5 for Leadership-January 23rd

5-5-for-Leadership

Matty Ring on Flickr

This week in 5 for Leadership we have posts covering a leader’s need for support that leads to courage, counting the cost of leadership, living for your resume or your eulogy, leadership promises for the rest of the year, and one woman leader in history you need to get to know. Take a few minutes and be inspired.

Why You Must Count The Cost of Leadership or Risk The Well-Being of Others!

“Do all of us count the cost when we accept the mantle of leadership? I mean do we really count the cost when weighed against the conflict, misunderstandings and ultimately the potential persecution from those we have a charge to “lead-well” while in our care. I believe many of us do not and move into a place of leadership ill-prepared and armed only with information from Universities, books, certifications and maybe even an internship or two.” Jason Carthen hits at the essence of leadership in this post and why counting the cost matters.

The Power of Asking for Support: Courage is Contagious

“Good leaders know that in order to spark and sustain change, support is a must have. Yet our society ironically holds “doing it on our own” in high esteem, even when it comes to leading and managing. We revere the strength it conveys to accomplish things alone, despite the often miserable journey. Why?” This is a guest post by Mala Grewal on Bob Tiede’s blog. While you are on Bob’s site . . . check some of his other posts. You will not be disappointed.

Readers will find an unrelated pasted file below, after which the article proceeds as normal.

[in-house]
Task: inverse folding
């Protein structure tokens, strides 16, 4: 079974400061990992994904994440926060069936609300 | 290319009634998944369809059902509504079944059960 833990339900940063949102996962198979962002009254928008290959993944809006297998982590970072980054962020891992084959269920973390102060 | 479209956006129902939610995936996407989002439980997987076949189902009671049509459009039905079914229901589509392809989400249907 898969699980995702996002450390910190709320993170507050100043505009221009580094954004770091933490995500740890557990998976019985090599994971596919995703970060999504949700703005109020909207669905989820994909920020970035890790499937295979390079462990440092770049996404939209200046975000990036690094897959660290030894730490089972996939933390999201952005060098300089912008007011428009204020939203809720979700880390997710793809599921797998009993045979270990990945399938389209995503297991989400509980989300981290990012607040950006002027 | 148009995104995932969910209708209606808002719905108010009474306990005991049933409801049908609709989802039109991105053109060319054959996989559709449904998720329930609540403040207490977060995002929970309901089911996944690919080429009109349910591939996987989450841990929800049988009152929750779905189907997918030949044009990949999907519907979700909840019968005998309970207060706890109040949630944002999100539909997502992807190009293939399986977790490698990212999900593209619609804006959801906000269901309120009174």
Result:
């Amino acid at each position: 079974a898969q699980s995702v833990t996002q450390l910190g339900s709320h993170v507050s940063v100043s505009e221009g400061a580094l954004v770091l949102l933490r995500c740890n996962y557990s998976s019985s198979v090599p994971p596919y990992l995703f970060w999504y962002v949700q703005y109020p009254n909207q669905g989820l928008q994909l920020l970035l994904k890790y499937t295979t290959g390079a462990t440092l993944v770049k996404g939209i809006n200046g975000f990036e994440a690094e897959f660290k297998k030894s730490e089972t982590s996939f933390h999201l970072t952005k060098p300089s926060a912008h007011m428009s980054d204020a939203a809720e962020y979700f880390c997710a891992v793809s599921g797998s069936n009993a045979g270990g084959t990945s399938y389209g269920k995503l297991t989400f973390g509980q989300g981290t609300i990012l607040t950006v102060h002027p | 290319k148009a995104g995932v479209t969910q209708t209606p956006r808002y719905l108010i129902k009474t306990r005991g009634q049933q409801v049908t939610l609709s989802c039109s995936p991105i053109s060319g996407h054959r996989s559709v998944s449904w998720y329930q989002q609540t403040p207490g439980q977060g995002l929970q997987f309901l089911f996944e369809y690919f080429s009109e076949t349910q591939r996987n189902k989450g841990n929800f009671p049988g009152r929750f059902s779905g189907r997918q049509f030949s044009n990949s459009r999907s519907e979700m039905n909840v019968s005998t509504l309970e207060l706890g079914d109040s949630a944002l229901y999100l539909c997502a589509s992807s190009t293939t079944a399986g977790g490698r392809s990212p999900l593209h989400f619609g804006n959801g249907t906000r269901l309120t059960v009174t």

Should You Live For Your Resume . . . or Your Eulogy

This brief message from David Brooks reminds us that depth of character is more important than accomplishments.

52 Leadership Promises for Every Week of the Year

“A new year means a new beginning, and here’s a promise a week for 2016. Following them through will end up changing your leadership and your life.” Lolly Daskal provides us with a commitment roadmap.

A Women’s Ministry Pioneer You Need To Know

“There’s been a huge surge of interest in women discipling women in recent years. Books, conferences, blogs, and podcasts urge us to pray, study, organize, read, and counsel one another. For some, this seems like a new development. After all, wasn’t women’s ministry in the past just jam-making and missionary teas? Thankfully, that wasn’t the case. Aside from the many godly women who discipled younger women, there were those who trained and organized them, transforming whole areas by God’s grace. Ellen Ranyard was one of them.” You will enjoy and be inspired from this brief biography . . . from the Gospel Coalition web site.

There are the 5 for this week. Stay warm.

 

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